THE PRESIDENTIAL palace on Monday said President Rodrigo R. Duterte’s spiritual adviser should defend himself in court after a United States paralegal said she had helped smuggle members of his religious group into the United States.
“We reiterate that Pastor Apollo C. Quiboloy of the Kingdom of Jesus Christ is a private individual,” the president’s spokesman Jose Martin M. Andanar said in a statement. “He can defend himself in court.”
Six of the nine defendants have been arrested, including Maria de Leon, who confessed that she had participated in a scheme with members of the church for eight years, providing residency and citizenship to its members through fraudulent marriages.
The three other members were believed to be in the Philippines, including Mr. Quiboloy, Mr. Duterte’s long-time friend and spiritual adviser.
A 74-page indictment in November cited a labor trafficking scheme where church members were allegedly brought to the US using fraudulently obtained visas and forced to solicit donations to a bogus children’s charity.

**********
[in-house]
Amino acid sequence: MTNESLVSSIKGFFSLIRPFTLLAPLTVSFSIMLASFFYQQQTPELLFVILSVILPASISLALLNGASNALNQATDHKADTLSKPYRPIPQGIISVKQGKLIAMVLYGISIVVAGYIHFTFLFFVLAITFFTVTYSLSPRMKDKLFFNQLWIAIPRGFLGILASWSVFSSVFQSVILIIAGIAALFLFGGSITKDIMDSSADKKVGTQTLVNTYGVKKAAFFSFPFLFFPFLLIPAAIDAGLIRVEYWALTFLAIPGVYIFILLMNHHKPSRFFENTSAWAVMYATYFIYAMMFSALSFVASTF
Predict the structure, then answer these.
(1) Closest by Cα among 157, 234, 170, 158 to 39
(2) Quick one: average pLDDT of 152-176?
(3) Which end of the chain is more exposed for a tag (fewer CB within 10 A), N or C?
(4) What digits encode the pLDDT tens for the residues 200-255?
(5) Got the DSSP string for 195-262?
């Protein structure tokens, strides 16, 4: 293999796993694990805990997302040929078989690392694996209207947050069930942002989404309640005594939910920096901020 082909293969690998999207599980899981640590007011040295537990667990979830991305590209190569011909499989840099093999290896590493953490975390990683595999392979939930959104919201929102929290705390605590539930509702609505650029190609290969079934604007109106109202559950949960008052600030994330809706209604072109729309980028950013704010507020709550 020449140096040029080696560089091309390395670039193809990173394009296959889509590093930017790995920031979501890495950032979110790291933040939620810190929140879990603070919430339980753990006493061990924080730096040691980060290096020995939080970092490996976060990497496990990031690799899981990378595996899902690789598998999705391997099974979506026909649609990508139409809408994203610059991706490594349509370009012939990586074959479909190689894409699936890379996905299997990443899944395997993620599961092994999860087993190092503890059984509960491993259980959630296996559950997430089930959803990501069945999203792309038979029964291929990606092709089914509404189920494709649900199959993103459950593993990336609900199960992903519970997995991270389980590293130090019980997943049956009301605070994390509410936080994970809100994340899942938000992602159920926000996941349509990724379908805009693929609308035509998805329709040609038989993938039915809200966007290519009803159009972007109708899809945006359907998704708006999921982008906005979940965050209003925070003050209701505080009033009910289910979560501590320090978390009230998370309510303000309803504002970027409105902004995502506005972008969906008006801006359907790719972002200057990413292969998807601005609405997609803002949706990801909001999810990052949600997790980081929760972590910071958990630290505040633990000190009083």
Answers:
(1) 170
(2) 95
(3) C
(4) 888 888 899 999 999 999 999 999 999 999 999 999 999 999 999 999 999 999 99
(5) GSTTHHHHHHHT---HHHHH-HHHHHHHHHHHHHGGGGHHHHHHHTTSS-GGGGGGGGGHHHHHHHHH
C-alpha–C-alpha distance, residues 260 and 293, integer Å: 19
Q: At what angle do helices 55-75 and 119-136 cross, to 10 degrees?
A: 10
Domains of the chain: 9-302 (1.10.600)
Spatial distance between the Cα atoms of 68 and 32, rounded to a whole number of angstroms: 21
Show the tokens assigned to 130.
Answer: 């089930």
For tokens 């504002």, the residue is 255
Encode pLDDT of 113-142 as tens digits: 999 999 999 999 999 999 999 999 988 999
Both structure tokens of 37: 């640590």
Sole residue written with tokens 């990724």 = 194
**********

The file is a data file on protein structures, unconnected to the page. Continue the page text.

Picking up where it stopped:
Prosecutors said the donations were used to pay for the “lavish lifestyles” of church leaders.
Mr. Quiboloy and two other defendants recruited females aged 12 to 25 as personal assistants who were required to prepare Mr. Quiboloy’s meals, clean his residences and have sex with him as part of their so-called “night duty,” according to the US Justice department indictment.
Ferdinand S. Topacio, Mr. Quiboloy’s lawyer, has denied all charges and called the victims “polluted witnesses who are disgruntled members with axe to grind against the pastor.”
He also warned the public that “any libelous statements” against Mr. Quiboloy would be “dealt with to the fullest extent of the law.”
The US and the Philippines have an extradition treaty that was signed in Nov. 1994. In March, the Philippine Justice department said it had yet to receive an endorsement from the Foreign Affairs department on the possible extradition of the religious leader to the US. — Alyssa Nicole O. Tan